Powell, by contrast, has voted for every Fed policy decision since 2012, although he expressed some reservations in internal debates about the extent of those efforts.

In recent years, he has backed the methodical unwinding of the Fed’s stimulus campaign, which involved purchasing $4 trillion worth of Treasuries and mortgage-backed securities to help the economy recover from the 2008 financial crisis.

A survey of 144 investors conducted by Evercore ISI found that they expected Powell would push rates modestly higher than Yellen over time. Powell also has sought a middle ground on the contentious debate over financial regulation.

Trump and congressional Republicans argue that excessive regulation is restraining economic growth. At a Senate hearing in June, Powell agreed that there was room to improve regulation, but he described the Trump administration’s proposals as a “mixed bag,” adding that he opposed some of the specific proposals.

Describing an effort already underway at the Fed, he said: “The whole idea is to preserve the significant core reforms that were made but to go back and clean up our work.”

Powell would require Senate confirmation, and his views, particularly on regulation, could draw opposition from some conservatives in the Senate, 21 of whom voted against his confirmation as a Fed governor in 2014.

Two Republicans on the Senate banking committee, which will consider the nomination, had previously raised concerns about Powell: Senator Tim Scott of South Carolina and Senator Pat Toomey of Pennsylvania.

If nominated and confirmed, Powell would be the first Fed chair in four decades without an economics degree. He brings a background in financial markets, a contrast with Yellen and her predecessor, Ben S. Bernanke.

People who have worked with Powell say he studied economics assiduously after joining the Fed, gathering stacks of papers on the questions of the day, then reading and discussing the findings with colleagues.

Jon Faust, a professor of economics at Johns Hopkins University who worked with Powell at the Fed, said Powell had endeavoured to understand monetary policy and had demonstrated a strong grasp of the subject.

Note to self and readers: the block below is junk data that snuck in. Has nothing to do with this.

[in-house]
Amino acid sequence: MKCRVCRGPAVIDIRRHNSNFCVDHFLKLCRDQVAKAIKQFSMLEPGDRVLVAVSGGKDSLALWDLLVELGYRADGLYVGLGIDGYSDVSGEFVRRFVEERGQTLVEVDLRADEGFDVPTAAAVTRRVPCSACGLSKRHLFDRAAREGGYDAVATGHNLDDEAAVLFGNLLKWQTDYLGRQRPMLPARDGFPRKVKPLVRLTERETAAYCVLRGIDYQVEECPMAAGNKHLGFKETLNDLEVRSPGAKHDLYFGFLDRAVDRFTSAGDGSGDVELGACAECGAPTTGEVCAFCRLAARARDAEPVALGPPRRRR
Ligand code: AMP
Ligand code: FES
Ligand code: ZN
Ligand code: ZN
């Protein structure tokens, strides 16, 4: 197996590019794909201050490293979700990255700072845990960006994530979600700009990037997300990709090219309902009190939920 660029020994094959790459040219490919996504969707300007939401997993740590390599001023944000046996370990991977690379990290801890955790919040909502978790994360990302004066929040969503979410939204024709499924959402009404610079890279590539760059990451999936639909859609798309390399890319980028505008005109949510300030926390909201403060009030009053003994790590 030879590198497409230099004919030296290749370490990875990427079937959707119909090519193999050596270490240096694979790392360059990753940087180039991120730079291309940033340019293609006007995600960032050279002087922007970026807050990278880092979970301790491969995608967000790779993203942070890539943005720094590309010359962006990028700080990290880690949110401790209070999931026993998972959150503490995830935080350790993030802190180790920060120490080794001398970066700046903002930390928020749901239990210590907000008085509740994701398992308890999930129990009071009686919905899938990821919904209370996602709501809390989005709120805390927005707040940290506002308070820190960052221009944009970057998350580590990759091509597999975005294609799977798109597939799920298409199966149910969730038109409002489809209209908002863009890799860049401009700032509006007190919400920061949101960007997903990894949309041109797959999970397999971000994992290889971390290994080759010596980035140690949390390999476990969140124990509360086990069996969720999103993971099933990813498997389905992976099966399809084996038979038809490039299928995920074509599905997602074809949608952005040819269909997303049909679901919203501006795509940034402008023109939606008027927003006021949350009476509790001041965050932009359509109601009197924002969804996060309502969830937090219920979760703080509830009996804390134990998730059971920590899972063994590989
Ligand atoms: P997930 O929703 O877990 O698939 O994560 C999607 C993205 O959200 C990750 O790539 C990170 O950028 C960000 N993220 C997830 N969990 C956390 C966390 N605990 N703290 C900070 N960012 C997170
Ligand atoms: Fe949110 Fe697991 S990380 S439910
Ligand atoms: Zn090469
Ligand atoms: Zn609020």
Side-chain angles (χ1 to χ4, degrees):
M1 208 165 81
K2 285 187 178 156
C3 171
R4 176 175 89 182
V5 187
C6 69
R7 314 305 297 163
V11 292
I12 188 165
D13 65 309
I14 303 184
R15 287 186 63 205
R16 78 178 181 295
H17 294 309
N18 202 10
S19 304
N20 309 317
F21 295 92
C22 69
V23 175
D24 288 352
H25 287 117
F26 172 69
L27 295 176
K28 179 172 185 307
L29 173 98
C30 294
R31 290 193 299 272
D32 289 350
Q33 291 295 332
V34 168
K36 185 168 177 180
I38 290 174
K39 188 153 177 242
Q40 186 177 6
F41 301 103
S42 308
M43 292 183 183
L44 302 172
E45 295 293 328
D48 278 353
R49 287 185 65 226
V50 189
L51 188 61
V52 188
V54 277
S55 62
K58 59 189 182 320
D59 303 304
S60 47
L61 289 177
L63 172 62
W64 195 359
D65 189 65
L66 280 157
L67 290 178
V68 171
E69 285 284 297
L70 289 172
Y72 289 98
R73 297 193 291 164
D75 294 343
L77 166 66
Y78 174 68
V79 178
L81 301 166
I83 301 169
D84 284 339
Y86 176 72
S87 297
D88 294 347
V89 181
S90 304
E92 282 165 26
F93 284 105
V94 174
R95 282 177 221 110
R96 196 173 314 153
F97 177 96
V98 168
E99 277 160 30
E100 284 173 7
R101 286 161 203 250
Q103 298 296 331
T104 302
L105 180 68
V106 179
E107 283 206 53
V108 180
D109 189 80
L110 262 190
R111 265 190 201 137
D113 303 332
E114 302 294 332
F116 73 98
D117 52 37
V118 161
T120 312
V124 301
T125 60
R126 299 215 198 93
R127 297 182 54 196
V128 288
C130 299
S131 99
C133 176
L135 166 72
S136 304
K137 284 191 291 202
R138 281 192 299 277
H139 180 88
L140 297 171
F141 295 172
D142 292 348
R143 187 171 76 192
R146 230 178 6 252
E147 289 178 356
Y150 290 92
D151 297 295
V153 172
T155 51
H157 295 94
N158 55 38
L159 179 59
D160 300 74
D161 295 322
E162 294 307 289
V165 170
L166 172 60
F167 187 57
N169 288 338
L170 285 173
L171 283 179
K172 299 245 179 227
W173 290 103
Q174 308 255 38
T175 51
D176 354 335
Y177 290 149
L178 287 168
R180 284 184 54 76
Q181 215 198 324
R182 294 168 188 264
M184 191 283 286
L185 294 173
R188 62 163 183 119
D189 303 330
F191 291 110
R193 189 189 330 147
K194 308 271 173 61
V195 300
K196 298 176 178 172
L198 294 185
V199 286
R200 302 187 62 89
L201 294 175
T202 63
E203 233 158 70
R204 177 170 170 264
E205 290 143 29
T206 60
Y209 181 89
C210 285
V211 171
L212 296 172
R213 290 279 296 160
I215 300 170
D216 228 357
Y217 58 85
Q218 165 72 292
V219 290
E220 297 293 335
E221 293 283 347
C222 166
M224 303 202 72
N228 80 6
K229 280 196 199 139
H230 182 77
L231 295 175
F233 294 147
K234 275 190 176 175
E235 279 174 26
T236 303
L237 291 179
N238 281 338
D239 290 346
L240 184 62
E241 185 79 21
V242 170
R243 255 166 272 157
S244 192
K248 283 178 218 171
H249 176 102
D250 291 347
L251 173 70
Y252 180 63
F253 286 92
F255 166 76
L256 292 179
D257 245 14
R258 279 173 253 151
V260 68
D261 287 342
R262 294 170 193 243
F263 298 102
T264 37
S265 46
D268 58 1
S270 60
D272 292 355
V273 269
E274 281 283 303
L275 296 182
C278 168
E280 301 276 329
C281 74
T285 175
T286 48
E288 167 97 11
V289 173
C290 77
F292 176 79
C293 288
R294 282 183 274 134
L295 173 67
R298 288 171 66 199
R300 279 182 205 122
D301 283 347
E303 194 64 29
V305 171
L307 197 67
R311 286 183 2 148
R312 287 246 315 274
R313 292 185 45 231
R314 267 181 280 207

But Faust said it might be particularly important to have a trained economist as chairman if there was another recession.

“If the economy broadly behaves, I don’t think it’ll be of great consequence,” Faust said. “If we were to face another period where you need innovative and creative leadership, Jay has a lot of skills, and it could still go OK, but you’d like to add to those skills a lifetime of studying monetary policy.”

Powell (64) is a Washington native who has spent most of his life here in a mix of public and private roles. He studied politics at Princeton University, then earned a law degree from Georgetown University before embarking on a career in investment banking in New York.

-New York Times

Former British PM queries why UK didn’t do as Ireland did and prosecute rogue bankers

Tue, Oct 31, 2017, 10:18

Fiona Reddan

Gordon Brown: “Little has changed since the promise in 2009 that we bring finance to heel. The banks that were deemed ‘too big to fail’ are now even bigger than they were,” he writes. Photograph: Jonathan Brady/PA Wire




The UK should have followed the lead of Ireland, Iceland, Spain and Portugal in prosecuting rogue bankers the former British prime minister Gordon Brown has said, as he argues that “scores” of cheating British bankers, including directors of Northern Rock, should be put in prison.

In his new book, My Life, Our Times: the Memoirs of Gordon Brown, published on Tuesday, Mr Brown delivers a scathing attack on the bankers who precipitated the 2008 financial crisis, arguing that the sector has failed to learn many of the lessons from this time. And he queries why bankers were not prosecuted in the UK – as they were in other countries such as Ireland.

“If bankers’ conduct was dishonest by the ordinary standards of what is reasonable and honest, should there not have been prosecutions in the UK as we have seen in Ireland, Iceland, Spain and Portugal?”

Writing in the book, Mr Brown, who was prime minister from 2007 to 2010, says: “If bankers who act fraudulently are not put in jail with their bonuses returned, assets confiscated and banned from future practice, we will only give a green light to similar risk-laden behaviour in new forms.”

Indeed Mr Brown is of the view that the prospect of rogue bankers gambling once again with public money is now “inevitable”.

“Little has changed since the promise in 2009 that we bring finance to heel. The banks that were deemed ‘too big to fail’ are now even bigger than they were,” he writes.

Financial crisis

Recalling the events of the financial crisis, which culminated in the then Labour government delivering a record bailout of the system, Mr Brown writes that Royal Bank of Scotland boss Fred Goodwin should have been stripped “not just of his knighthood but of his bonuses and the right to be a company director”, while Northern Rock directors should have gone to prison for fraudulent claims about the state of their loan book.